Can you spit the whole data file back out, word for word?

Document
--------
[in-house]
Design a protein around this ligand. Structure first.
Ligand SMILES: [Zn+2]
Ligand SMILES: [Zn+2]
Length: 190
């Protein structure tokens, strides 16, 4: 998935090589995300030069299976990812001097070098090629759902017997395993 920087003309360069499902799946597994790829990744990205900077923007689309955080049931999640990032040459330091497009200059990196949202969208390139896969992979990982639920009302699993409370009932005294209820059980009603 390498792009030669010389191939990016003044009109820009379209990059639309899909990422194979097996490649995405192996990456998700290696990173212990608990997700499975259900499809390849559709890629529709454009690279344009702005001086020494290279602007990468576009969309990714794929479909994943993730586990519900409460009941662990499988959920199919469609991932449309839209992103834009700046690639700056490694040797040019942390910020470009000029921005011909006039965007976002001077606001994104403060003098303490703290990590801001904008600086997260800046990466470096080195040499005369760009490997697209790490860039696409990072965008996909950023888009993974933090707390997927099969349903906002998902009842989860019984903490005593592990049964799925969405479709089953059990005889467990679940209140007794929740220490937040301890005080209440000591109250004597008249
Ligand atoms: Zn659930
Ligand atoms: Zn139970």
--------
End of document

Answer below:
[in-house]
Design a protein around this ligand. Structure first.
Ligand SMILES: [Zn+2]
Ligand SMILES: [Zn+2]
Length: 190
């Protein structure tokens, strides 16, 4: 998935090589995300030069299976990812001097070098090629759902017997395993 920087003309360069499902799946597994790829990744990205900077923007689309955080049931999640990032040459330091497009200059990196949202969208390139896969992979990982639920009302699993409370009932005294209820059980009603 390498792009030669010389191939990016003044009109820009379209990059639309899909990422194979097996490649995405192996990456998700290696990173212990608990997700499975259900499809390849559709890629529709454009690279344009702005001086020494290279602007990468576009969309990714794929479909994943993730586990519900409460009941662990499988959920199919469609991932449309839209992103834009700046690639700056490694040797040019942390910020470009000029921005011909006039965007976002001077606001994104403060003098303490703290990590801001904008600086997260800046990466470096080195040499005369760009490997697209790490860039696409990072965008996909950023888009993974933090707390997927099969349903906002998902009842989860019984903490005593592990049964799925969405479709089953059990005889467990679940209140007794929740220490937040301890005080209440000591109250004597008249
Ligand atoms: Zn659930
Ligand atoms: Zn139970």